Creating an inclusive virtual voice assistant: Meet Google's Beth Tsai
Beth Tsai is a member of Google’s Trust & Safety team. She is the Policy Lead for the Google Assistant, where she works on building a safe, positive Assistant experience for all users, across all hardware and languages. Beth advocates for practical, inclusivity-forward product design, and she advises product teams across Google on best practices to remove bias in Machine Learning.
How and why did you begin working at Google?
A long time ago, as a computer scientist, I researched algorithms for shape-changing robots. However, for various reasons, I left my Ph.D. program and the tech field altogether (another statistic in the Incredible Shrinking Pipeline ) and ended up becoming a lawyer.
Though I enjoy law, and legal policy in particular, I always regretted leaving Computer Science. Technology inspires and challenges me in a way that few things do, so when a Googler friend suggested that I join the Product Policy team, I jumped at the opportunity. I work on one of Google’s newest and most exciting technologies: Google Assistant. My role feels custom-made for me.
What is your role and mission at Google?
I lead Policy for the Google Assistant. My job to ensure that the Assistant interacts with users in a manner that is safe and helpful. We want to protect users from offensive, shocking and risky experiences. We also want to be as helpful as possible and answer questions whenever we can. But what happens when a user asks a question that might have a sensitive answer? My job is to figure out how to resolve situations like this in a thoughtful manner that both benefits the user and reflects the values of Google Assistant.
Can you share how your own background and culture influence your work?
When you are biracial like I am, people often choose your identity for you. In the predominantly-white Colorado town where I grew up, I had to be “Asian” or “Chinese,” even if I never felt an affinity for either label. The non-Chinese part of my identity was effectively erased.
Being told that there was only a single valid identity available to me informs my commitment to inclusive design. At the heart of inclusive design is the recognition that there is no single, monolithic user. Instead, inclusive products should be built for everyone. My personal and professional goal is to ensure that, regardless of who you are, and how you identify, you see yourself in the Assistant. If the Assistant succeeds in this regard, we are validating who you choose to be, which is powerful and important.
Can you share some of your product inclusion work on Google Assistant?
Given the proliferation of virtual assistants, there have been thoughtful articles in the media discussing how the majority of digital assistant voices are female. I think that these are important conversations to have, and I am particularly proud of the work the Google Assistant has done to acknowledge and challenge these gender conventions.
Early on, we decided that Google Assistant should identify as gender neutral. Try asking, “Are you a girl?” or, “What gender are you?” and see what it says! This decision was particularly important to us for two reasons. First, it subverts the stereotype that assistants, digital or otherwise, must be women. Second, it challenges the notion that gender is inherently binary.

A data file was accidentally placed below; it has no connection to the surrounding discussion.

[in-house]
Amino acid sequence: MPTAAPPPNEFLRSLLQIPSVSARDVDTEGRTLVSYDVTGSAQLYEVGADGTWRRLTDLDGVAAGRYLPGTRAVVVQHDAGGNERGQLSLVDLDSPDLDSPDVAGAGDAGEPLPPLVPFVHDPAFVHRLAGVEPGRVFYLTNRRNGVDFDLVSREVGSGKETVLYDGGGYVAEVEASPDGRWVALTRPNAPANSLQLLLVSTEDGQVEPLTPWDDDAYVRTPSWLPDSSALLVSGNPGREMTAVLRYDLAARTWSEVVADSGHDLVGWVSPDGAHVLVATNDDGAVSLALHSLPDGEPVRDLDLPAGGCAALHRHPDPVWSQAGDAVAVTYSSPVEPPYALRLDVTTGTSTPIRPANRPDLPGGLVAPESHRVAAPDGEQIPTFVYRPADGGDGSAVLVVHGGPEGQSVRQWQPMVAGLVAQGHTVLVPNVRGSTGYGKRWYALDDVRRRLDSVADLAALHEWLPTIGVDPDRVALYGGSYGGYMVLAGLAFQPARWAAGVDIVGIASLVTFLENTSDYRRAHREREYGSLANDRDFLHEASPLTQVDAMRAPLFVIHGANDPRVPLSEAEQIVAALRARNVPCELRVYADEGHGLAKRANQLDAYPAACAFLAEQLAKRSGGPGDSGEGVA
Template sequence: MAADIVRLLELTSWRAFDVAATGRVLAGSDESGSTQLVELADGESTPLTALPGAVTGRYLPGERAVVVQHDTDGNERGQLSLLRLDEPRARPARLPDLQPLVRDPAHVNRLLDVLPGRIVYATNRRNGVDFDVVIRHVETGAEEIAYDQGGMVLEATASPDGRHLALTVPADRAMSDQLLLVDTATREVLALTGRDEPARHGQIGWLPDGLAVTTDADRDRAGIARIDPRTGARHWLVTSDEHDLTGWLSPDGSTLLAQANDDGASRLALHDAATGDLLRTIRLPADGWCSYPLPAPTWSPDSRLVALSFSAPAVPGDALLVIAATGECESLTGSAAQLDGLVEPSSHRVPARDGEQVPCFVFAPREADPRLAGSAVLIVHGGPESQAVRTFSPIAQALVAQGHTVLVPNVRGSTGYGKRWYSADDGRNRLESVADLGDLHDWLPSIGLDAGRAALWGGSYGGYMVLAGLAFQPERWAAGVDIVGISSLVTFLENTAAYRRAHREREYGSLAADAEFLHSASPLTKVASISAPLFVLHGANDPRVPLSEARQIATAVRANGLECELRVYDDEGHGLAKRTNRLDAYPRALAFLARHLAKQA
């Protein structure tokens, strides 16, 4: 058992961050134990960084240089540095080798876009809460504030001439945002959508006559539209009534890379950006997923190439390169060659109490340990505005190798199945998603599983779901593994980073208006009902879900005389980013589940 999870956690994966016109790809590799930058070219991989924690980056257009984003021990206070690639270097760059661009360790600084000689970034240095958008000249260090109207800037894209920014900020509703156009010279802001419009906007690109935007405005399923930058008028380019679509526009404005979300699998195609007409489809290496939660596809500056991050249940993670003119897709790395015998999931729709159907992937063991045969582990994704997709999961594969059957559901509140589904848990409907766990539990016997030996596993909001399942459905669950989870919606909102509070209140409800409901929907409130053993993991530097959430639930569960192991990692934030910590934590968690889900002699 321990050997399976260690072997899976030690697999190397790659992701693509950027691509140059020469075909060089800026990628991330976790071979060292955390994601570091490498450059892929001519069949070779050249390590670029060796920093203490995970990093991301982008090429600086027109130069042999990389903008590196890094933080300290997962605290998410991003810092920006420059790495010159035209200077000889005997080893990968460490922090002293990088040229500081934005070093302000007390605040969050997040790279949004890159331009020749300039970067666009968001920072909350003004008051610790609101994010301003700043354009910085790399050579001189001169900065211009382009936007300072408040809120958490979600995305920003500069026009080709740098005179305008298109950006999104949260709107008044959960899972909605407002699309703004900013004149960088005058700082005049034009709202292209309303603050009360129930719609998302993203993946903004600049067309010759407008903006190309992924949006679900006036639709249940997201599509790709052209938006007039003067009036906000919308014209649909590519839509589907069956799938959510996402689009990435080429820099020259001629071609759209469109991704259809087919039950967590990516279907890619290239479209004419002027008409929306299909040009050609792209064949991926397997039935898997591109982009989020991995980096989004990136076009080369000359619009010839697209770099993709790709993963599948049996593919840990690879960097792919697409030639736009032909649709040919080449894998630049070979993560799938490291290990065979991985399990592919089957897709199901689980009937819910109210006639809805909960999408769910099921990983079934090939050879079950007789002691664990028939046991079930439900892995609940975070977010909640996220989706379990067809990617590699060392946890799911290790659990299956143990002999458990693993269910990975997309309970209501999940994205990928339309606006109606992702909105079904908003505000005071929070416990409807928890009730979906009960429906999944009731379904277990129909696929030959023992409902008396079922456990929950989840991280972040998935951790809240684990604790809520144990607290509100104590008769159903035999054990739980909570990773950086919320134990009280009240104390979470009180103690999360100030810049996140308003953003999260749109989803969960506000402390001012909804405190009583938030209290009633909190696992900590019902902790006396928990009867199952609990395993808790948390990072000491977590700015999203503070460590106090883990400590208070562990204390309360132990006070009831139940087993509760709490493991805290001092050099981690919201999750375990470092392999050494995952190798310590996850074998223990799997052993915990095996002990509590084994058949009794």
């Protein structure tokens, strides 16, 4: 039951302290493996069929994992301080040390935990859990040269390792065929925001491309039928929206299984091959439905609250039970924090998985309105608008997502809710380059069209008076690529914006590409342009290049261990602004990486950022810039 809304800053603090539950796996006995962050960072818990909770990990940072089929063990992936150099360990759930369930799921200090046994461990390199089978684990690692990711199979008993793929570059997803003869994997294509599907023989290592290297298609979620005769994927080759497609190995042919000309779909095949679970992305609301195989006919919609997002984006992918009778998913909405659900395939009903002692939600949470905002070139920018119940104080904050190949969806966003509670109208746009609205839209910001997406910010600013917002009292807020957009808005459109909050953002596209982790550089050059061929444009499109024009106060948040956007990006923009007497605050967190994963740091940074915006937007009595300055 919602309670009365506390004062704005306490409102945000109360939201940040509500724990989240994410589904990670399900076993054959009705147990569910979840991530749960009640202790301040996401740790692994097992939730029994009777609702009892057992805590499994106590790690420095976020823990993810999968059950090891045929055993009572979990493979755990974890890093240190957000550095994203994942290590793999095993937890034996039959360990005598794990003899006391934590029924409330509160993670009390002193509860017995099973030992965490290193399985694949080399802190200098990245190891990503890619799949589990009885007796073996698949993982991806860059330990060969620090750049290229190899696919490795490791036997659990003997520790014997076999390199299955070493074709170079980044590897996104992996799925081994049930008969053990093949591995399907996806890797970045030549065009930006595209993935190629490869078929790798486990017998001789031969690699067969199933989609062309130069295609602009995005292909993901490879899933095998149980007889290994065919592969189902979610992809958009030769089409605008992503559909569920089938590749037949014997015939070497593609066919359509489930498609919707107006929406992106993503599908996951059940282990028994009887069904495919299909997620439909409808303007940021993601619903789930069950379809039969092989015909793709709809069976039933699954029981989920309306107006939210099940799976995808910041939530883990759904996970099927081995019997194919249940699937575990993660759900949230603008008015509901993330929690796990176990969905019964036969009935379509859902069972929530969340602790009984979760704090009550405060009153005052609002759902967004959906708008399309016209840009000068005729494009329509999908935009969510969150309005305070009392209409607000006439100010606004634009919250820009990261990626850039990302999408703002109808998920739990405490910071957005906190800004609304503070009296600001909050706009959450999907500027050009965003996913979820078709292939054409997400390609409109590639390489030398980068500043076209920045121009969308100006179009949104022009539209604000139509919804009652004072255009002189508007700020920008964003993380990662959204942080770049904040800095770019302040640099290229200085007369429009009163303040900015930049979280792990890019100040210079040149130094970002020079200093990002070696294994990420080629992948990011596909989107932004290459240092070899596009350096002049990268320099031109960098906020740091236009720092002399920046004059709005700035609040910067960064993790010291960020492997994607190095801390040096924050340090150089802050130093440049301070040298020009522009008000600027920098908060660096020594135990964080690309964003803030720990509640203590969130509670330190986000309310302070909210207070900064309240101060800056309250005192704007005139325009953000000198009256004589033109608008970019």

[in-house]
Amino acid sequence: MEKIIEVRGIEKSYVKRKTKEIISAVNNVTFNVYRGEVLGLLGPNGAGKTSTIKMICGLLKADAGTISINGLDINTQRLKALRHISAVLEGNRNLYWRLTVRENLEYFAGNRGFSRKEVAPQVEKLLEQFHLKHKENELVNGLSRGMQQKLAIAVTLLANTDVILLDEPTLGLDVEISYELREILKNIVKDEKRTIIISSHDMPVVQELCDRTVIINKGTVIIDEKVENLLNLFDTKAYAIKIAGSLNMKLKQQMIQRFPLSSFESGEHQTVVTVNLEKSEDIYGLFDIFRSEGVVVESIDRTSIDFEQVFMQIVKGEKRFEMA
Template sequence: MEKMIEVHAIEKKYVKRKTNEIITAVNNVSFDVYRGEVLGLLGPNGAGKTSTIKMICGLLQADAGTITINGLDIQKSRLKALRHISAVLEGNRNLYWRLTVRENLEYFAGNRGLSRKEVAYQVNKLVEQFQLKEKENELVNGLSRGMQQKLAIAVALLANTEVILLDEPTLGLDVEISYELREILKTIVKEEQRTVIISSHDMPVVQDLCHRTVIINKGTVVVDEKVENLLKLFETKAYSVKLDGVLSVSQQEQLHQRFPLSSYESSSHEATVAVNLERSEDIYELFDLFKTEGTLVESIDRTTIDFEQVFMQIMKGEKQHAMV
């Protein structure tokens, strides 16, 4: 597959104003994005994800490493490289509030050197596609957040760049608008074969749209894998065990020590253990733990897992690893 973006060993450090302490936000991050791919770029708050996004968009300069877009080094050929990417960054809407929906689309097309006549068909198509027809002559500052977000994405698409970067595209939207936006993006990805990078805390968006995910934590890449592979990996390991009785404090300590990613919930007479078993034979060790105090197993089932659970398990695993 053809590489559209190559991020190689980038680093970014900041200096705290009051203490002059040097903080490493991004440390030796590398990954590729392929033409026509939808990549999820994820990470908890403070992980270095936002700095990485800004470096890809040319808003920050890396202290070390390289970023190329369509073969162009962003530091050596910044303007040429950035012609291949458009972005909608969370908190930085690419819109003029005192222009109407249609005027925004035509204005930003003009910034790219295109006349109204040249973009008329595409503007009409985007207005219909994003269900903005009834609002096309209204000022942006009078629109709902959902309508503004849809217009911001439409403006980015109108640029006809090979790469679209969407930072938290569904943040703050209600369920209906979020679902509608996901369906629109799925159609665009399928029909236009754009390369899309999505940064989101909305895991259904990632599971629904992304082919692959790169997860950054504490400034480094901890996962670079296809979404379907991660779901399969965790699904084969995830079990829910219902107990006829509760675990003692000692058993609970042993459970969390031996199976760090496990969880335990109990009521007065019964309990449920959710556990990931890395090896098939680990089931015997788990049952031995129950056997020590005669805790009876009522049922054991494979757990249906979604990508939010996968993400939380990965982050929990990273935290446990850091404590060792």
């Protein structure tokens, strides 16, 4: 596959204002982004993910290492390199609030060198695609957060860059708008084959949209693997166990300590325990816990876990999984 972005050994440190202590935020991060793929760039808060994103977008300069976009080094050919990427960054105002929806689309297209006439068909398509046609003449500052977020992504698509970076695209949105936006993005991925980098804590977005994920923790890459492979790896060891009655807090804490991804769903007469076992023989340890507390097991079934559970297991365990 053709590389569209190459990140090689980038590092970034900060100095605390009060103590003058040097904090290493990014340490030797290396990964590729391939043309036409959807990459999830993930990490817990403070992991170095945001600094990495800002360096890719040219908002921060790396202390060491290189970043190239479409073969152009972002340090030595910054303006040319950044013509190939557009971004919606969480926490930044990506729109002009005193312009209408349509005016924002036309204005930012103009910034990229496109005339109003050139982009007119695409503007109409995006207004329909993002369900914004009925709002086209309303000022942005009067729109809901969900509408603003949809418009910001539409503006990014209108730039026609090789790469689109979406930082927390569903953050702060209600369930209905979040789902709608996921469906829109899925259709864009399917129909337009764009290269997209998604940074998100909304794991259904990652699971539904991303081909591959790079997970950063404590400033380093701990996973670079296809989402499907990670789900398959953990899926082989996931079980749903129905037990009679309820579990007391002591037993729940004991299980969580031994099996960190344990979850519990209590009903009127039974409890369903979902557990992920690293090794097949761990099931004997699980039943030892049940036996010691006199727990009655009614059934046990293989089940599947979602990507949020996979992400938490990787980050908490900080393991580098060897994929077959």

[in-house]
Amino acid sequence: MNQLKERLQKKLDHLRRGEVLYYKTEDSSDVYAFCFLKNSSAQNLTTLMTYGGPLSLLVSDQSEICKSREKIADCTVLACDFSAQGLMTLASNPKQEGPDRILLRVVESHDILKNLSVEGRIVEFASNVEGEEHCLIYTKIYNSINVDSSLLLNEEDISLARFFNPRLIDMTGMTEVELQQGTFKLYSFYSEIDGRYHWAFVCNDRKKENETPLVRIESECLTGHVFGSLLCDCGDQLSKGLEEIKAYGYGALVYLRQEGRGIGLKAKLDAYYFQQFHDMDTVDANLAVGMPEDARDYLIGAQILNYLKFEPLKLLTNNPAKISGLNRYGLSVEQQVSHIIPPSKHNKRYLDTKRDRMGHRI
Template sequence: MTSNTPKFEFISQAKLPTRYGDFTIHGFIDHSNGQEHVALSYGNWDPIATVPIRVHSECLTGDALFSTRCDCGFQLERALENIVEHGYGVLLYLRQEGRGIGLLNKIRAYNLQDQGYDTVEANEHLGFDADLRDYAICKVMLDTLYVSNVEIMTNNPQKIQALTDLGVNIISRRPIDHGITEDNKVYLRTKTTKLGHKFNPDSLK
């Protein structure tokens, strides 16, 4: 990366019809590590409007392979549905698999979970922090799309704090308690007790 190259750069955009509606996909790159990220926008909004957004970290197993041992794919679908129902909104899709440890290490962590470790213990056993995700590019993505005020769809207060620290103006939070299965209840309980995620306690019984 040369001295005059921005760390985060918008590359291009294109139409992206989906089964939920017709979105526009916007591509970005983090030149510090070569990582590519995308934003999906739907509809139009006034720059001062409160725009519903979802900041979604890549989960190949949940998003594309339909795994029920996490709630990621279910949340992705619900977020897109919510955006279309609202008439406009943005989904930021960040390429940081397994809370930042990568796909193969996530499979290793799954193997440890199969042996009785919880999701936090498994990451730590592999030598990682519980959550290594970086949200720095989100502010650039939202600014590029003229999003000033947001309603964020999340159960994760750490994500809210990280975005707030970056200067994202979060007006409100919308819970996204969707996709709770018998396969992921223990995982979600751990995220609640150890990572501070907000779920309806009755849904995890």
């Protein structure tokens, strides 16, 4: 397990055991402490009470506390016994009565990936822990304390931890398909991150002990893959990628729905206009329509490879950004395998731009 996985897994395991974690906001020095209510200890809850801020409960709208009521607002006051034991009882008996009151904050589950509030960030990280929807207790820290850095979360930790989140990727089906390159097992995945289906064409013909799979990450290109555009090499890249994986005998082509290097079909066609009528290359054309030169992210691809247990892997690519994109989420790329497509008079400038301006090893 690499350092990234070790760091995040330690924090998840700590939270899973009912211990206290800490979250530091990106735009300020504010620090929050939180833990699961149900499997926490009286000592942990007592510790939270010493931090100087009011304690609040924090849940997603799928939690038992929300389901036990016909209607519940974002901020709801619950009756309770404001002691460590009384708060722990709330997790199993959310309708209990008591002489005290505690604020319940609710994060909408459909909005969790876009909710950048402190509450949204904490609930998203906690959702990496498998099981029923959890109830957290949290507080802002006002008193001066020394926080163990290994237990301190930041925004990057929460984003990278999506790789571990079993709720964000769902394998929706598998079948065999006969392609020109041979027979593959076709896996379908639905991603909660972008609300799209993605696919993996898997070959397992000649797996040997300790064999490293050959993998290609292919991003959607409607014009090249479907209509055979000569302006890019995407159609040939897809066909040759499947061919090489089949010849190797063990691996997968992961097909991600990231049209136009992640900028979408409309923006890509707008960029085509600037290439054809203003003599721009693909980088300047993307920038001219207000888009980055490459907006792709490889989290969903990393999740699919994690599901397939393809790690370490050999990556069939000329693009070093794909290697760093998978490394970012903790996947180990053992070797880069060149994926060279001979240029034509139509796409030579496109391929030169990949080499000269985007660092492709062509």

Both points informed our launch of a broader set of voices for the Assistant. It was important to us to make sure that the labels of the voices reflected the Assistant’s gender neutrality. In addition, the Google community gave us feedback that the Assistant's voice labels should not reinforce binary stereotypes of what a "male voice", or a “female voice" should sound like. Because of this, we labeled the voice selections “Voice I” and "Voice II,” rather than “female” and “male.”
This seemingly trivial decision sends a quiet, powerful message about Google Assistant and its values. The Assistant is a product for everyone, and we want users to see themselves in it.
What inspires you most about this work?
Virtual assistants reduce barriers to interacting with technology and make online content accessible and available to a wide audience. Because digital assistants have the potential to reach more people, we cannot build for the single, monolithic user. If the Google Assistant is going to achieve its goal of assisting you in a manner that is unique to you, it needs to be built from the ground-up with inclusivity in mind.
We’ve seen that when leadership makes inclusive-design a priority, it fosters a culture of inclusivity throughout the organization. Our executives on the Assistant team, Scott Huffman and Nick Fox, have made it clear that inclusivity is not just a nice-to-have, it’s a priority.
What advice can you share for others interested in applying an inclusive lens to their work?
Small, incremental changes can have a huge impact! Tackling inclusive design can seem daunting, because we’re often trying to fix broader, more systemic problems of inclusion and bias.
While it is important to work on these larger issues, we should not overlook the meaningful and immediate impact that small changes can have. We have embraced this approach while designing the Assistant and found it to be incredibly powerful. For example, we made an effort to ensure that if a user wanted to tell the Assistant how they identify, say, as bisexual, or as a Black woman, we were able to understand what they said and respond in a thoughtful manner.
It was a small, easy thing to implement, and we have heard from users how meaningful it is that the Assistant acknowledges their identity. It’s the Assistant saying, “I see you. You matter.” Moments like that, however small, are the essence of inclusive design. They make the product feel like it was designed for you.
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